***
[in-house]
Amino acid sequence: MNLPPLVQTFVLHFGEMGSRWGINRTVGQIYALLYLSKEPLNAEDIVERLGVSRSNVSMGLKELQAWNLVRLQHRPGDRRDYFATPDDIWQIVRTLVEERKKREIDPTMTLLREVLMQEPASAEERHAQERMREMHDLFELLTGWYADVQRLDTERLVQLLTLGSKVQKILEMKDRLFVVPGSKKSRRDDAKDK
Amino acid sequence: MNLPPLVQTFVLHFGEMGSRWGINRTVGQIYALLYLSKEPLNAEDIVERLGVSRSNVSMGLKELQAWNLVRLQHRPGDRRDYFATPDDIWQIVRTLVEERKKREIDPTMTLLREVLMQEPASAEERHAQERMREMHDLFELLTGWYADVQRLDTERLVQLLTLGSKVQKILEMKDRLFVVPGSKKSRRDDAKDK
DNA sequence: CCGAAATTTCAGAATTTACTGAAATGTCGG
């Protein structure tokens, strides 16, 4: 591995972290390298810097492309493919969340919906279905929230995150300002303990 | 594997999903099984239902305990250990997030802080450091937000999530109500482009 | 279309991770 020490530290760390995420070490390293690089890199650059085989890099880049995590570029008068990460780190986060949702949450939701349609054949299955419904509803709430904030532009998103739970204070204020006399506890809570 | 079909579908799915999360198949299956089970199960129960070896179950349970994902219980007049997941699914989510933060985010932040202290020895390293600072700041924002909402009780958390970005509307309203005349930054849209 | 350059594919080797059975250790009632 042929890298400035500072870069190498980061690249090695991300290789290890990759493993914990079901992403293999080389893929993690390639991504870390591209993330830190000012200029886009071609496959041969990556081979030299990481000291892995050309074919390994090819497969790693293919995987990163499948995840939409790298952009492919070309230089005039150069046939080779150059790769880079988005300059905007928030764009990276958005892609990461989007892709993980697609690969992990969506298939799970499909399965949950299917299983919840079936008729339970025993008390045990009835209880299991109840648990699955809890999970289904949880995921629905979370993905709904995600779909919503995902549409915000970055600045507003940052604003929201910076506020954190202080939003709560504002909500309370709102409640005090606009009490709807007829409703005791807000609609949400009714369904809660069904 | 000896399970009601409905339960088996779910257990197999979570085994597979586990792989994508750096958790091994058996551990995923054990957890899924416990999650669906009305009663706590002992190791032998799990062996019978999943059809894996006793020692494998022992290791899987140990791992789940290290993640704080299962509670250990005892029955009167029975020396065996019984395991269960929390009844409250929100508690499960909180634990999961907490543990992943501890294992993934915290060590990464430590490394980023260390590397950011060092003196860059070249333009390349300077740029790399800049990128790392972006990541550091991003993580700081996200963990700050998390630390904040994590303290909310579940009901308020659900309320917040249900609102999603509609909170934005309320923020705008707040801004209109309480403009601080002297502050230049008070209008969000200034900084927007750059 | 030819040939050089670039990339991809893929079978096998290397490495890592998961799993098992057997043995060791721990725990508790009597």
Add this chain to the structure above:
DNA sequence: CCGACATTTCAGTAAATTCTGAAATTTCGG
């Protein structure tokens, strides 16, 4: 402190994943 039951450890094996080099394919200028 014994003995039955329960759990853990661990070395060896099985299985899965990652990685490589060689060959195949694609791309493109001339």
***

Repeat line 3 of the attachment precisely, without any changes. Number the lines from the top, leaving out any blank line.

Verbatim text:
Amino acid sequence: MNLPPLVQTFVLHFGEMGSRWGINRTVGQIYALLYLSKEPLNAEDIVERLGVSRSNVSMGLKELQAWNLVRLQHRPGDRRDYFATPDDIWQIVRTLVEERKKREIDPTMTLLREVLMQEPASAEERHAQERMREMHDLFELLTGWYADVQRLDTERLVQLLTLGSKVQKILEMKDRLFVVPGSKKSRRDDAKDK